Pleadings govern insurer's duty to defend in US infringement action
In Halifax Insurance Company of Canada v Innopex Ltd, the Court of Appeal for Ontario has ruled that the plaintiff insurer had a duty to defend the defendant policy holder in a trademark infringement lawsuit commenced against it by Gucci America Inc in the United States.
Gucci's complaint arose from Innopex Ltd's US sales of alleged knock-off watches. Gucci's complaint included trademark infringement and unfair competition claims, and sought injunctive relief, an accounting of profits, damages and costs. Innopex had taken out an insurance policy with Halifax Insurance Company of Canada, which included a 'personal injury and advertising liability' clause. Innopex argued that Gucci's pleadings imposed a duty upon Halifax to defend the US action. Halifax disagreed and filed summary judgment, seeking a declaration that the policy did not create such a duty.
At first instance, the motion judge of the Superior Court of Justice for Ontario declared that Halifax had no duty, although she did order Halifax to pay Innopex and its employees "all legal costs and disbursements they had incurred" from the commencement of the lawsuit until the time of the motion to determine the duty of the insurance company. Both parties appealed. Halifax argued that it was not liable for these costs, while Innopex appealed against the declaration that Halifax was not under a duty to defend.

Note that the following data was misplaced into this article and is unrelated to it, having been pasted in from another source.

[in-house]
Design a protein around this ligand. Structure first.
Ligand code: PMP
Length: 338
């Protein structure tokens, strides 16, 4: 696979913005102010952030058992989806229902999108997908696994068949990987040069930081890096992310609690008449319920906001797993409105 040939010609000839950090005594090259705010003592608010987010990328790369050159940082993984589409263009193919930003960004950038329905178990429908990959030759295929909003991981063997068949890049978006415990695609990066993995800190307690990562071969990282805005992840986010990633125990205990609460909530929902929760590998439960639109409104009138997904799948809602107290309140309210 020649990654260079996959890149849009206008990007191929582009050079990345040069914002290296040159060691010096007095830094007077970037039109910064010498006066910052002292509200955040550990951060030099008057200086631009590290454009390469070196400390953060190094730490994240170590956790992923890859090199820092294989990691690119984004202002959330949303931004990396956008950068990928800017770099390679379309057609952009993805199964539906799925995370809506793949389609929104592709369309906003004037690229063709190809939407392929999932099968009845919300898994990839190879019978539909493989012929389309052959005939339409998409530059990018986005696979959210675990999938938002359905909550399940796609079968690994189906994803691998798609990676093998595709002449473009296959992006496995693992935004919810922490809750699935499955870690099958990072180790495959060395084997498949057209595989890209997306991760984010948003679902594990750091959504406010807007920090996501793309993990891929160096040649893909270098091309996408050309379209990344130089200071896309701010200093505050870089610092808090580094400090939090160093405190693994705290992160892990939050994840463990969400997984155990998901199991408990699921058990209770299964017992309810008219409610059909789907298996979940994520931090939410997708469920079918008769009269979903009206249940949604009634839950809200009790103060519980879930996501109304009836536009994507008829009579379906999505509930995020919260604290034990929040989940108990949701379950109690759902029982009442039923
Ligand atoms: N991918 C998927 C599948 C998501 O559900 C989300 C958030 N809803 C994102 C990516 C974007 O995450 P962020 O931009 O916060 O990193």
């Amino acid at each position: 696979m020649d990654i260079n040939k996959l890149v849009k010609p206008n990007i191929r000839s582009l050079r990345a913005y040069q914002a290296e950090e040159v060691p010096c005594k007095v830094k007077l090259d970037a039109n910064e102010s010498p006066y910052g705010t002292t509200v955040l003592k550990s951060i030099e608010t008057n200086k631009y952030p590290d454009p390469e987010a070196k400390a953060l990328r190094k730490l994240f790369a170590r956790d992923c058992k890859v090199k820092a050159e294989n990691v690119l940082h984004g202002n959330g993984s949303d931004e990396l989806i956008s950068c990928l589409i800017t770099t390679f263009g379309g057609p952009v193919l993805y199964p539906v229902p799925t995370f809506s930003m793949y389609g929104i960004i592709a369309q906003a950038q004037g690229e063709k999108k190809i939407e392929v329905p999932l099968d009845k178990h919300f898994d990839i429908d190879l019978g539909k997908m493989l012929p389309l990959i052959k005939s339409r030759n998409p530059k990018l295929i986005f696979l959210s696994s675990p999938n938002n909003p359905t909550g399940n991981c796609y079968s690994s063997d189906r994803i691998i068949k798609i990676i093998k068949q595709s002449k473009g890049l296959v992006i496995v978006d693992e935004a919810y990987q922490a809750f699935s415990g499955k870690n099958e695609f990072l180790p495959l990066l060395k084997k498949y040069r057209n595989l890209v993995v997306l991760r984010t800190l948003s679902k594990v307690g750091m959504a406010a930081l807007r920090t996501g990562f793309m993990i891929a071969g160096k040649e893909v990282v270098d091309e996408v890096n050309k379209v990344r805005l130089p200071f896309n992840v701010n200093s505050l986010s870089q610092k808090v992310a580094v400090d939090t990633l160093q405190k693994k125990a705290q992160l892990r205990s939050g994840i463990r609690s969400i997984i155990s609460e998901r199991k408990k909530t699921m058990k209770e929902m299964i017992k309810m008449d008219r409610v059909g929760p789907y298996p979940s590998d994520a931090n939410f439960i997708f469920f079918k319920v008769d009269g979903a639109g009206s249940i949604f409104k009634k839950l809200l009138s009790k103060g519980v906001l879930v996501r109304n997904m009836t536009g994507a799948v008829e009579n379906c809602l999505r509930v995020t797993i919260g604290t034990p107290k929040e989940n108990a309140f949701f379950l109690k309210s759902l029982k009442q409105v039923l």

The Court of Appeal for Ontario overturned the lower court's decision and ruled that Halifax was under a duty to defend Innopex against the US action. On examination of the specific policy and Gucci's pleadings in the case, the court upheld the rule that it is the "pleadings [that] govern the duty to defend not the insurer's view of the validity or nature of the claim, or the possible outcome of the litigation". The determination, therefore, is made on the pleadings, even though "the actual facts may differ from the allegations pleaded".
Although the case relates to a specific insurance policy, it underscores (i) the principles behind determining whether an insurer has a duty to defend, and (ii) the necessity for defendants in trademark infringement cases to check if they have insurance to defend and, if so, to put their insurer on notice immediately.
Toni Polson Ashton, Sim Hughes Ashton & McKay, Toronto
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